The guitar masterclass had about twenty attendees, some of whom came from out-of-town. Guitarist Denis Azabagic worked with five students from the studio of Matt Dunne, director of the Guitar Program at UTSA. Similar to the format of the flute masterclass – each of these five students performed a solo piece and then had a discussion with Denis about the fine points of tone production, how to get different colors out of the instrument, phrasing, pacing,  and subtle variations in how the fingers can make contact with the strings. Denis had these one-on-one sessions videotaped on his cell phone, and each student was given a copy of his/her session to keep for future reference – all agreed that this was a great idea.  During the Q & A session, the class learned that technique is only important because it enables one to do the job of expressing fully what the music is saying, thus concentrating only on technique is not enough – one must understand the composer’s intent before starting a new piece.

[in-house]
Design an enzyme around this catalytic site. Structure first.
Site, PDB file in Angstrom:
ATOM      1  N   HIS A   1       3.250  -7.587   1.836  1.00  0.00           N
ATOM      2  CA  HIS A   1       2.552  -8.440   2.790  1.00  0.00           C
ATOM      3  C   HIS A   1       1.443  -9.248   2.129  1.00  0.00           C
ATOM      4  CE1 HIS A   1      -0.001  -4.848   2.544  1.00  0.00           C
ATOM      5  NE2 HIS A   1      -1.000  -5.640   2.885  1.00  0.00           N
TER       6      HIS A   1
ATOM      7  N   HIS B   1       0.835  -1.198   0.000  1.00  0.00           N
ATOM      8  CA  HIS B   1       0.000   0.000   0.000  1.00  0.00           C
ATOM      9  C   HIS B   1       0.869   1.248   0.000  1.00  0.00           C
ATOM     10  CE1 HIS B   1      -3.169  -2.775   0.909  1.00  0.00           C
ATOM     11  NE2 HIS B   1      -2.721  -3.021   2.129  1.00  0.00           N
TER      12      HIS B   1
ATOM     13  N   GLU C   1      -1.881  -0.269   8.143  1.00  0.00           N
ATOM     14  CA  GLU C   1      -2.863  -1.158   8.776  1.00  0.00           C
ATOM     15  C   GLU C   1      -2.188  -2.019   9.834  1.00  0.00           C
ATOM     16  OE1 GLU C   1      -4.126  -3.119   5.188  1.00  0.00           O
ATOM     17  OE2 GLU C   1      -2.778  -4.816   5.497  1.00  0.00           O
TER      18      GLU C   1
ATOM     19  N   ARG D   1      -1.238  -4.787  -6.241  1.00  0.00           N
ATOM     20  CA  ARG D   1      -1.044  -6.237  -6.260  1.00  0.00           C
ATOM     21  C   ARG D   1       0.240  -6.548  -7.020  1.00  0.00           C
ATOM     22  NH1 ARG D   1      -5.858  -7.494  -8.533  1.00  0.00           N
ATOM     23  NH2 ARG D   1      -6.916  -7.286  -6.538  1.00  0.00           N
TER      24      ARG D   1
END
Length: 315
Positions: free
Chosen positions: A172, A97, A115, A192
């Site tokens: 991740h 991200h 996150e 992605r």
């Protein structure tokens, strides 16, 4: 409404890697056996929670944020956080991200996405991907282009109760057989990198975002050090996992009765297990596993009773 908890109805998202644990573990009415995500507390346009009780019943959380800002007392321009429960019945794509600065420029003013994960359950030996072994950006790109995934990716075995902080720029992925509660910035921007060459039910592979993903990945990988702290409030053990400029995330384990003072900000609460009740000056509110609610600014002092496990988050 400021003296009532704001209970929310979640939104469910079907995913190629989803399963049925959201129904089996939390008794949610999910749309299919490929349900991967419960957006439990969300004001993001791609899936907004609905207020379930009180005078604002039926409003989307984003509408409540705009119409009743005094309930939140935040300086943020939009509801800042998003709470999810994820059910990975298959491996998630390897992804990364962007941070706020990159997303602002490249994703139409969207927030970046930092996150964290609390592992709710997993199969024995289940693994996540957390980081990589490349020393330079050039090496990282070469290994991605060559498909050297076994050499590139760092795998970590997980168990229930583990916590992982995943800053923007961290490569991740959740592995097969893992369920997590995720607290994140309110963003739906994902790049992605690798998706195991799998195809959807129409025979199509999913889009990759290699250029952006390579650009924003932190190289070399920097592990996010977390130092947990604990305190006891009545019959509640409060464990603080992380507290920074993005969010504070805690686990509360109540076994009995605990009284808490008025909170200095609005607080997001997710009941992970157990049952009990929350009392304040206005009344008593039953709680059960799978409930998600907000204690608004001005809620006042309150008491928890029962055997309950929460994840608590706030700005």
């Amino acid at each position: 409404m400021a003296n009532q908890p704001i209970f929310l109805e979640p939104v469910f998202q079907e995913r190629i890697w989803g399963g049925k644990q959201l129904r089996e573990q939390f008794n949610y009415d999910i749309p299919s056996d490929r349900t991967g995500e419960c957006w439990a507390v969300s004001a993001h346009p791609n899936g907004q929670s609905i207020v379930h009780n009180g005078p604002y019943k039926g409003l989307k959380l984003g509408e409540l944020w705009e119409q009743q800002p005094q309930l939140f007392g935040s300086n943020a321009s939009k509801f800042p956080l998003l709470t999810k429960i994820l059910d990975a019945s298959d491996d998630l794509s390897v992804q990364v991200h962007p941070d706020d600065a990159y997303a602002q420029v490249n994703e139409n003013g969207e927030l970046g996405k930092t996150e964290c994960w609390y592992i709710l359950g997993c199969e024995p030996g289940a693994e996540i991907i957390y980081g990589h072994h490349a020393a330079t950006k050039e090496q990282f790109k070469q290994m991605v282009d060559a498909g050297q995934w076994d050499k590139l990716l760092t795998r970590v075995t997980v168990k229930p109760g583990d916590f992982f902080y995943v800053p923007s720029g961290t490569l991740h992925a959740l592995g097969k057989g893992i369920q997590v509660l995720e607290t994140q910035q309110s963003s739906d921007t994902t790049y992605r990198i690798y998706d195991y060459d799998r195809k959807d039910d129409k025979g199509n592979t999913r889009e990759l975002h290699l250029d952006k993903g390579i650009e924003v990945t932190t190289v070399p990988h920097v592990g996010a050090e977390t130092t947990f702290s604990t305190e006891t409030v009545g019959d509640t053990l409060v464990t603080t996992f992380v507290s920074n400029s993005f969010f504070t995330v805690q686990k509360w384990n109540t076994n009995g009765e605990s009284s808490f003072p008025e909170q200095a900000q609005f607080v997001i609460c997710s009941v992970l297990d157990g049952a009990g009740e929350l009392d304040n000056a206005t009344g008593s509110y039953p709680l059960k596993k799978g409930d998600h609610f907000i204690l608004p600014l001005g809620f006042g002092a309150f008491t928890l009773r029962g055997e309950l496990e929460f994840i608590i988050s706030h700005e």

Both Eugenia and Denis emphasized the paramount importance of listening: not just to music for one’s own instrument, but to all forms of music – instrumental, and vocal. Students were encouraged to attend as many concerts as they possibly can, and to never stop learning – “look to the masters for guidance and inspiration”. The masterclasses went on for almost three hours, and by the end there were only smiling faces.

Submitted by Pauline Glickman